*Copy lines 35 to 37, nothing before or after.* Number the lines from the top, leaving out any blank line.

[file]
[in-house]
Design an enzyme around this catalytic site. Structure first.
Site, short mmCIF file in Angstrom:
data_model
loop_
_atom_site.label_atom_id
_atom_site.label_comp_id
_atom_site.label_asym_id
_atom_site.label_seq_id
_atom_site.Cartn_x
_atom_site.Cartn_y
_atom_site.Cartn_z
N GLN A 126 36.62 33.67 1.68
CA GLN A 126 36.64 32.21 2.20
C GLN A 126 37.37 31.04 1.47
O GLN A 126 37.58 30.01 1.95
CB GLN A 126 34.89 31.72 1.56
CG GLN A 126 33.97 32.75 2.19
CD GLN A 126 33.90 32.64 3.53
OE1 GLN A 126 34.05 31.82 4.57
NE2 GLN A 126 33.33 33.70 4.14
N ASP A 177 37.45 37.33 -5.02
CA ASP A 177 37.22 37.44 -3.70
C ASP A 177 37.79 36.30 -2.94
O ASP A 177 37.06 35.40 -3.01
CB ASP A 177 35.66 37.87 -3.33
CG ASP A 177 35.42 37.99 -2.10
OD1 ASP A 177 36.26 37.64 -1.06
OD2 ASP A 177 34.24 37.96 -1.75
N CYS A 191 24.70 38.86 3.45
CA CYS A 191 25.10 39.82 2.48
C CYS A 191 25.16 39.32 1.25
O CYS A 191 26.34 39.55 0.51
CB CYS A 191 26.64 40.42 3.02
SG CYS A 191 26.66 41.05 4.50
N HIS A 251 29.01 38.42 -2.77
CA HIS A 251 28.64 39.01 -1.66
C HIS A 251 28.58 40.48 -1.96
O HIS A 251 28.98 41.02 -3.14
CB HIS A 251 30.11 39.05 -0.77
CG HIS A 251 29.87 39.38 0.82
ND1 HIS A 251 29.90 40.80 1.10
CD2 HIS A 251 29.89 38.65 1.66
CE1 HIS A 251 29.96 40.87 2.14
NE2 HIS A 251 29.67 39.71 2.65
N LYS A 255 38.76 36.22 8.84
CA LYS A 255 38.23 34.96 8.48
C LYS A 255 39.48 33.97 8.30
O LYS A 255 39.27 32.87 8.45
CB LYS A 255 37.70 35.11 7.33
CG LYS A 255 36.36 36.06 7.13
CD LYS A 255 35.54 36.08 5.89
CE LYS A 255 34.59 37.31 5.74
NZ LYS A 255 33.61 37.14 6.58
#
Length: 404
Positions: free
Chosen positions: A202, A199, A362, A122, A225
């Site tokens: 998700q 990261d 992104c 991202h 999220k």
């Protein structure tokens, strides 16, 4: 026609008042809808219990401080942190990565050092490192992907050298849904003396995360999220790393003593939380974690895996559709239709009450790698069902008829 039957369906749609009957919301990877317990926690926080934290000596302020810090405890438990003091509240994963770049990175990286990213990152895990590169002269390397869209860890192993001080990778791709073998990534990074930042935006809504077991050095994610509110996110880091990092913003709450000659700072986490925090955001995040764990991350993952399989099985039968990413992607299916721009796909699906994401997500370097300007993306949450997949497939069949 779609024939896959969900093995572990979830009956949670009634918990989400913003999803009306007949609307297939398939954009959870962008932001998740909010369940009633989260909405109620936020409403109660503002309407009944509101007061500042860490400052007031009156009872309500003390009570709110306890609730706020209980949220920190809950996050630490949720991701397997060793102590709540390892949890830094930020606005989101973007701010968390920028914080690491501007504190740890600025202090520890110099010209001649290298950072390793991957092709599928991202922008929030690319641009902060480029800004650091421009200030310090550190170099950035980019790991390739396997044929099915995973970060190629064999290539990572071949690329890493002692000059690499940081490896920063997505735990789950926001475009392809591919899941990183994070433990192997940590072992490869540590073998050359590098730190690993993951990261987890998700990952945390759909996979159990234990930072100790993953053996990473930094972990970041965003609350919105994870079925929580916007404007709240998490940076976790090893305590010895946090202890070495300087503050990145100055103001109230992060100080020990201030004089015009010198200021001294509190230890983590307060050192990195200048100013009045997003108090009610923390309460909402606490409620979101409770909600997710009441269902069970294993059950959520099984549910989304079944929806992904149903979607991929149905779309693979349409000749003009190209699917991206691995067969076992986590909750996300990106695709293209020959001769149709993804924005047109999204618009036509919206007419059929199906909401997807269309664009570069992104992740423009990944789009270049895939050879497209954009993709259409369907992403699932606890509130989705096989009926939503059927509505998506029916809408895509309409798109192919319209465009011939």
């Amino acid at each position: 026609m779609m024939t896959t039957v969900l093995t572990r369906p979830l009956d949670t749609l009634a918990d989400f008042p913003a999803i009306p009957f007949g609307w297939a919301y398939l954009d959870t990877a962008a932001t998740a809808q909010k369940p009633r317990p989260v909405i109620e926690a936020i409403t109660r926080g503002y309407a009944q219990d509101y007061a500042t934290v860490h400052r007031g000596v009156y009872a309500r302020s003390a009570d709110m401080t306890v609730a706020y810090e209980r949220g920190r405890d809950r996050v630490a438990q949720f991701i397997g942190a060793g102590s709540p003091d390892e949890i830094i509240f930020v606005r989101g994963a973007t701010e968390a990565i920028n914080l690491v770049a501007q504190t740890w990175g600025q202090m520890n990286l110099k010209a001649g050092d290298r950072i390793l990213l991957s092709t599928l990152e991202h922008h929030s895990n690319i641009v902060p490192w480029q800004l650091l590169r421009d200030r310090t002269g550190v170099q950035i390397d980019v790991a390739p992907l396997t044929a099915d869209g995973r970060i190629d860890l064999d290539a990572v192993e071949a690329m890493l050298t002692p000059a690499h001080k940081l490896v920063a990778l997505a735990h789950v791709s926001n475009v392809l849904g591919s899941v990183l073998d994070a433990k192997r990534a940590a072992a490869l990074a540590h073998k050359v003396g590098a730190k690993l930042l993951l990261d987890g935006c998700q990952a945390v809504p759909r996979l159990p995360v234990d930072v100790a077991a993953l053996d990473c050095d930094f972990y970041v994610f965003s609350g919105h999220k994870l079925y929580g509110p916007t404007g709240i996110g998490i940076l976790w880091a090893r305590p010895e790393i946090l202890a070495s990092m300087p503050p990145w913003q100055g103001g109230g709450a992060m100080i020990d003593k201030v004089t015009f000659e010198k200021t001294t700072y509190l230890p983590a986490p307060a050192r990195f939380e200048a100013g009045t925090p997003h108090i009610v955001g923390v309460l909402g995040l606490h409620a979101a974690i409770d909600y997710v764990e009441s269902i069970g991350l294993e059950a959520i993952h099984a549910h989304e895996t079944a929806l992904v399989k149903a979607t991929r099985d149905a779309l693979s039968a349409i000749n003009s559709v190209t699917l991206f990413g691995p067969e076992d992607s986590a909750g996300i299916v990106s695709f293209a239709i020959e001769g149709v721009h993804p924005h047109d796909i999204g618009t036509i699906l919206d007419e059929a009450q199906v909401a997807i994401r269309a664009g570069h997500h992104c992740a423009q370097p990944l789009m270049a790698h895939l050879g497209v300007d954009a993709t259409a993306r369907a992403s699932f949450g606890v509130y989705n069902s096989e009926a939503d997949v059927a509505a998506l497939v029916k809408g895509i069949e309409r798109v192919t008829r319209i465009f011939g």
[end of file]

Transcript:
SG CYS A 191 26.66 41.05 4.50
N HIS A 251 29.01 38.42 -2.77
CA HIS A 251 28.64 39.01 -1.66